Referring now to FIGS. 3, 4 and 5, in this second embodiment the difference between these FIGS. and FIGS. 1 and 2 is the cap 14 secured to container 3 as described with reference to FIGS. 1 and 2. Cap 14 differs from cap 4 in that intake portion 6 passes through an opening 15 in the peripheral portion of cap 14, opening 15 being so positioned in cap 14 that intake portion 6 lies along the interior wall of container 3. Other than this distinction the remaining description set forth above with reference to FIGS. 1 and 2 is identical.
With reference to FIGS. 6-8, in this third embodiment, the difference between these latter FIGS. and FIGS. 3-5 is the cap 16 which is secured to container 3 as previously described. The opening in cap 16 is formed by an outwardly extending nipple 17 over which the end of intake portion 6 is placed. This embodiment eliminates the segment of intake portion 6 which extends within container 3 as previously described. FIGS. 6-8 provide for an entirely new positioning of container 3 as will be subsequently described.
FIGS. 9 and 10 show the positioning of the embodiments in FIGS. 1-5 on a bicycle frame. The components of the bicycle frame are well known and require no additional identification. As seen, container 3 of both embodiments is identically positioned on the bicycle frame. The following description, in the interest of brevity, is equally applicable to both FIGS. 9 and 10.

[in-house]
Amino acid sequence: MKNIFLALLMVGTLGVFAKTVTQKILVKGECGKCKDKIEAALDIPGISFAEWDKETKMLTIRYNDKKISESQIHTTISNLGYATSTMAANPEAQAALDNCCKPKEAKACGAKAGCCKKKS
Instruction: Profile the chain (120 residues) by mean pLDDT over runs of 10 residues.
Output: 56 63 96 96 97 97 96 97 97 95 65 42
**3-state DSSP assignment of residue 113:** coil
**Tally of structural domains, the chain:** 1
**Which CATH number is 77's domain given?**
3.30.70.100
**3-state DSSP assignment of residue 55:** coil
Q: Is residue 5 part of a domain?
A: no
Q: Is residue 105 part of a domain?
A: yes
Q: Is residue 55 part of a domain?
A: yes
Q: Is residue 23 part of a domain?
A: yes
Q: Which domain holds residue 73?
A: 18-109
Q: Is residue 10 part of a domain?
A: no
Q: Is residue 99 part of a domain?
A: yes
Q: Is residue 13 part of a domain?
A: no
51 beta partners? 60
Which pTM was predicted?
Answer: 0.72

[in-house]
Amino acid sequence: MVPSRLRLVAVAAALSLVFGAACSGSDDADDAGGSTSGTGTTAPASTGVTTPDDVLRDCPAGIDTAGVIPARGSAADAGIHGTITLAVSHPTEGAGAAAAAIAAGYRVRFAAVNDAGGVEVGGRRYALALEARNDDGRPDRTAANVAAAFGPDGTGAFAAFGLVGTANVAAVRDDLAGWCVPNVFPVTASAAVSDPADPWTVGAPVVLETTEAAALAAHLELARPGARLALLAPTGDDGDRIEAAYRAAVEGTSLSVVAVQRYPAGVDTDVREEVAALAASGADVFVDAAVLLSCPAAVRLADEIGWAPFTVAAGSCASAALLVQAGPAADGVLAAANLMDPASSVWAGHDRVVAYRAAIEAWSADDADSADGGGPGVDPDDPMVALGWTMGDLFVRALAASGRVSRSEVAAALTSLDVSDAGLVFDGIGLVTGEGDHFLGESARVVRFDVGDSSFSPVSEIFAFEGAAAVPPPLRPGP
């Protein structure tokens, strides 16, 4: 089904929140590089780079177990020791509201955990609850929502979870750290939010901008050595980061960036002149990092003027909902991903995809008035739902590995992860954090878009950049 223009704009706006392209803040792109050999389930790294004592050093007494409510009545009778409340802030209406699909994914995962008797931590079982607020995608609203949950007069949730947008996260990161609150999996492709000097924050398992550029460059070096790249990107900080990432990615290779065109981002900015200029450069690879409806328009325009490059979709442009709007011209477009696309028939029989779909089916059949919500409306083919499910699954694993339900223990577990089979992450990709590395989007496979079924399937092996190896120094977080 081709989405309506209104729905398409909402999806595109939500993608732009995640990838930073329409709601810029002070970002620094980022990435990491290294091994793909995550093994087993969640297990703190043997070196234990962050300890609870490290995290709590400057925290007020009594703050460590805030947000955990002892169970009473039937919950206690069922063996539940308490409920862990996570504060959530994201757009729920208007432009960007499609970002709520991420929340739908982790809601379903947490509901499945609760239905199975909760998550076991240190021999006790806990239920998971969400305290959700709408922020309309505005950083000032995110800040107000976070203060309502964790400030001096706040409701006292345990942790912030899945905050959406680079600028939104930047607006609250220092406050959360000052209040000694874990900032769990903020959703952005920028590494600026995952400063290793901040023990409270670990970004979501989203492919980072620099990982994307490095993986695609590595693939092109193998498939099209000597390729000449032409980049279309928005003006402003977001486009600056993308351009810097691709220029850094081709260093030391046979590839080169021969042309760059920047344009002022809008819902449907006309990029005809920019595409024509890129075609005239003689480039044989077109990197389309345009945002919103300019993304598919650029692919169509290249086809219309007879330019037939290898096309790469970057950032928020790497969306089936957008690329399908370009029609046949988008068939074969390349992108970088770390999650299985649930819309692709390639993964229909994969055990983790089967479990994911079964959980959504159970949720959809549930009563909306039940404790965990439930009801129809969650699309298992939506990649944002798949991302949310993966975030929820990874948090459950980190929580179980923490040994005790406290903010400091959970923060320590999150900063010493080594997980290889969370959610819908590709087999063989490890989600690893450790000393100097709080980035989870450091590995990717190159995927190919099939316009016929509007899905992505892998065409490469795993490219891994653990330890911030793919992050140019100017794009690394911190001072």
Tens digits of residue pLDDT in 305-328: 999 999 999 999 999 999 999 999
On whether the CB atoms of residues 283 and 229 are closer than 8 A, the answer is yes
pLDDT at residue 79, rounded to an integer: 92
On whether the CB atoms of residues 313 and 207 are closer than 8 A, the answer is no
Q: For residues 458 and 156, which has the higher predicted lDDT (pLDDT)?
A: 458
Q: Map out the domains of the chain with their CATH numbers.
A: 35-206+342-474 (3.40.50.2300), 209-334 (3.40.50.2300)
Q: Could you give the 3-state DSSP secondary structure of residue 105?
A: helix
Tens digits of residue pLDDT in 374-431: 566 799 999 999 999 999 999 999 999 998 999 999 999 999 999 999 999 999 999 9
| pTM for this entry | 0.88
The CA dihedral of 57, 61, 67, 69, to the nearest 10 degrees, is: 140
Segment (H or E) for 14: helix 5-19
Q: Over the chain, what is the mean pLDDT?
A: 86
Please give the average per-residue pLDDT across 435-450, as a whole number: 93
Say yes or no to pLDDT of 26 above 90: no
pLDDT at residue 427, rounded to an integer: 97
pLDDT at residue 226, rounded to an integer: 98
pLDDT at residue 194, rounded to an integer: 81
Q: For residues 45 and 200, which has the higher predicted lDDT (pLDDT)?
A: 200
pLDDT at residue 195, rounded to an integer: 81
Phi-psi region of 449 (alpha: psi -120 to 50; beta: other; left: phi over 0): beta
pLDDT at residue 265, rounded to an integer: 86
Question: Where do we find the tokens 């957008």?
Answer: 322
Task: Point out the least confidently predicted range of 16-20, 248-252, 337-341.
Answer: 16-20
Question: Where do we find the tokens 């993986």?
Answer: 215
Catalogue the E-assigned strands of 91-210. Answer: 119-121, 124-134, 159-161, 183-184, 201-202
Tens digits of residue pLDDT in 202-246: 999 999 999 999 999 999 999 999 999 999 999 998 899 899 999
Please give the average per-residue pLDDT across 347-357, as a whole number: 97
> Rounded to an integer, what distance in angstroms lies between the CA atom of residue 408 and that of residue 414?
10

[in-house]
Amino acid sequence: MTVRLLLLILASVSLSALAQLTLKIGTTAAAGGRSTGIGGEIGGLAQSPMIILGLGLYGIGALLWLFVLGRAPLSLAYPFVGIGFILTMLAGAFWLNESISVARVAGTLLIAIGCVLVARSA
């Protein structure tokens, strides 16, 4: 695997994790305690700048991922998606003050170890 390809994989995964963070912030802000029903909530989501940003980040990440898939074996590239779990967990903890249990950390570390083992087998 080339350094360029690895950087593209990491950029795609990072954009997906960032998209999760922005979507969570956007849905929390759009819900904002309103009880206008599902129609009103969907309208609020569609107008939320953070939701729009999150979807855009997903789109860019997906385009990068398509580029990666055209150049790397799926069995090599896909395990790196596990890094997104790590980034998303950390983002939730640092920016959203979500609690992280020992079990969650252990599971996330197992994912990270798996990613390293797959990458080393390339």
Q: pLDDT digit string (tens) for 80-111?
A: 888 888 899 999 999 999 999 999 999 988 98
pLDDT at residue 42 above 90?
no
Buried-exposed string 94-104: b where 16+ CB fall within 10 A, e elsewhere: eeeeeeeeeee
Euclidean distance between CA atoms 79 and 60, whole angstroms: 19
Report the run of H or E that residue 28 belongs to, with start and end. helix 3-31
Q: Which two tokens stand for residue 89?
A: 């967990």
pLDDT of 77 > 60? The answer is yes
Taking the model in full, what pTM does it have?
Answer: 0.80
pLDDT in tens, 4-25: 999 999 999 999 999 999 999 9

FIGS. 9-16 show the mounting of the embodiments of FIGS. 1, 3 and 6 on the various frame elements of a bicycle. These are identified as the horizontal frame 18 extending from the seat post hub to the handlebar post/front wheel fork hub 20; the diagonal frame 19 extending from the pedal hub to hub 20 and the handlebars 21 positioned in hub 20. A container retaining means 22 comprises an integrally formed omega shaped frame clamp 23 and an omega shaped container clamp 24, the retaining means being formed from a resilient metal or thermoplastic material. The diameter of clamp 23 may vary in accordance with the diameter of the bicycle frame element. The exhaust portion 10 rests on the handlebars and can be secured thereto by an X-crossing of plastics ties 26, an example 25 of which is seen in FIG. 14 or well known plain plastic strips. Tie 26 has an advantage in that though sawtooth tab 27 can be pulled through slot 28 in tie 26 until the desired tightening of exhaust portion 10 to handlebar 21 is achieved. The tab 27 can be compressed laterally to release the sawtooth from contact with the outer edges of slot 28 and pushed back through slot 28 to release and remove exhaust portion 10 from contact with the handlebar 21. In some instances to provide greater stability to exhaust portion 10, intake portion 6 is secured to hub 20 by a circumferential wrapping 29 of a tie 26 about hub 20 as shown in FIG. 11. FIGS. 9 and 10 show container clamping means 22 positioned on frame 19. FIG. 11 shows clamping means positioned on frame 18. The position shown in FIG. 11 is preferable because container 3 is in a horizontal position and as such the liquid replenisher does not have to be siphoned along a vertical vector, this being particularly true when the embodiment of FIGS. 3 and 6 are used.